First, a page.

Let the Sunshine In (2018) by Claire Denis
Review by Nathan Smith
No matter the supposed subject matter of a Claire Denis film – colonialism, the French foreign legion, cannibalism, cockfighting – her true subject matter is always much smaller. What concerns Denis most are not grand themes, but the minutia of human movement; think of Denis Lavant’s fortress of a gaze in Beau Travail, or Alex Descas’ dances with his roosters in No Fear, No Die. Her latest film may seem like a departure in story and scope, but Denis’ fascination with gestures and glances remains the same. Let the Sunshine In (the abysmal English stand-in for the French title Un beau soleil intérieur, which translates to “A Beautiful Sun Within”) appears to be a chronicle of a middle-aged artist’s failed romances, but it is actually a catalogue of appendages: hands against a stocking-covered thigh, a face, a doorknob.
The hand we see most often belongs to Isabelle, an accomplished painter looking for love in all the wrong places. She left her husband, with whom she shares a daughter, several years before, but that departure has done little to bring happiness into her life. Her ex chastises her for crying so much, worried that her endless tears will prove a bad influence on their child. It is through this veil of tears that we often see Isabelle. She cries when a lover spurns and insults her, when she struggles to get her thigh-high boots off, when her gaggle of art world friends get on her last nerve. Isabelle may be in the middle of her life, but she’s at the end of her wits.
And, after surveying the men with whom she associates, it’s not hard to see why. The first man with whom she has a dalliance, Vincent (Xavier Beauvois), is a fussy banker who claims to adore Isabelle but remains upfront about his devotion to his “extraordinary” wife. The rest of the men are equally shitty: confused, noncommittal, uncertain, misleading. The often-painful conversations Isabelle has with these men recall the discomfort of a Hong Sang-soo movie. Let the Sunshine In has been described by many as Claire Denis’ romantic comedy, and while it’s not without its jokes, the humor one mines from this collection of exacerbated encounters may vary.
Every Claire Denis film has its song: “The Rhythm of the Night” in Beau Travail, “Nightshift” in 35 Shots of Rum, “Buffalo Soldier” in No Fear, No Die. In Let the Sunshine In, that song is “At Last,” the Etta James standard, which soundtracks Isabelle’s intimate dance with a stranger. Though this single moment supplies a ravishing respite from Isabelle’s feedback loop of loneliness, James’ declaration offers no true catharsis. No love comes along; Isabelle’s lonely days are not over. In the film’s final scene, she consults a fortuneteller (Gerard Depardieu), who suggests that the love of her life is still to come. The credits begin to roll over the scene, denying us the resolution we so desperately crave. Isabelle will continue, but her troubles will too.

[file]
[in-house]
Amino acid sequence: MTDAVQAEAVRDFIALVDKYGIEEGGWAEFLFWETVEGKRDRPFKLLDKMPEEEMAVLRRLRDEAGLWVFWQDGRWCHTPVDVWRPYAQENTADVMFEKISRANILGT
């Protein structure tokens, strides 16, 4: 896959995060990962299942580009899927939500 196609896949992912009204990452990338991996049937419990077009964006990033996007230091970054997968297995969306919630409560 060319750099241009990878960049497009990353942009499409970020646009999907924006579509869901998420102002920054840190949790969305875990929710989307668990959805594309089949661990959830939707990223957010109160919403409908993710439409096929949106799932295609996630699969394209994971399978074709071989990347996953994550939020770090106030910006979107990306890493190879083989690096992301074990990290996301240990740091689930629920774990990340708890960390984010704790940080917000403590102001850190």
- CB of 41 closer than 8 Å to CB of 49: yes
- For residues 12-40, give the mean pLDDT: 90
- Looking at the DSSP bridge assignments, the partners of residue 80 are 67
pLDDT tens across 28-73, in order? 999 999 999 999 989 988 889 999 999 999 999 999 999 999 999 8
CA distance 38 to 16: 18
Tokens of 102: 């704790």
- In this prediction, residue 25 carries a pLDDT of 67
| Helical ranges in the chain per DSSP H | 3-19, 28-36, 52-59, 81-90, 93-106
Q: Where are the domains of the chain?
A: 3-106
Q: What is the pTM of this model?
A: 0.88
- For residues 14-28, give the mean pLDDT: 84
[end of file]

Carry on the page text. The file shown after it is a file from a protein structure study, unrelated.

As someone who has admired Denis’ work in the past, I looked forward to the release of Let the Sunshine In, which has received overwhelmingly positive notices from a number of voices I normally trust. But from its early moments, I felt a profound disconnect. I can hear Denis’ voice in the film, particularly in that emphasis on hands as they touch the body, feet as they enter a room, Binoche’s lip as it quivers. But what in my past experiences with her work has felt worthwhile this time felt like an empty exercise in generic variation. Agnes Godard’s images, which are normally among the richest cinema has to offer, feel too flat, too clean, more reflective of the empty men Isabelle is surrounded by than the emotional hurricane she finds herself within. Isabelle’s life is filled with superficial scumbags, but a film cannot live on superficial scumbags alone.
Only in the final sequence, when Depardieu and Binoche trade electric chemistry in an interaction that seems both crucial and incidental, does the affair begin to feel meaningful. The film becomes more beautiful in this moment too, as the sun’s warm light fills Binoche’s radiant face. Depardieu’s introduction comes only in the scene before; we see him dumped by a woman in a moment that recalls Isabelle’s earlier frustrations with her own lovers. This scene, and the interaction that ends the film, suggests that Isabelle is not alone in her loneliness; the loop she finds herself caught in has swept up others as well.
Perhaps it is this loop that explains my sense of disconnect. Perhaps I am not old enough to feel Isabelle and her pain; though I have felt loneliness, perhaps I have not felt a loneliness so profound, so inescapable, so cyclical. I am frustrated with myself for not finding in this film what others seem to, and I have strained my eyes to see the sun they find within it. But I can’t detect it. Maybe it isn’t there at all, at least not inherently so; maybe the viewer must let that light in and find their own experiences within the framework Denis offers. Or maybe I just need to have lived more life to understand it. Until then, I will take pleasure in the details Denis gives me – the soft hands, the gentle touch, the eyes locked across a room – rather than the whole itself.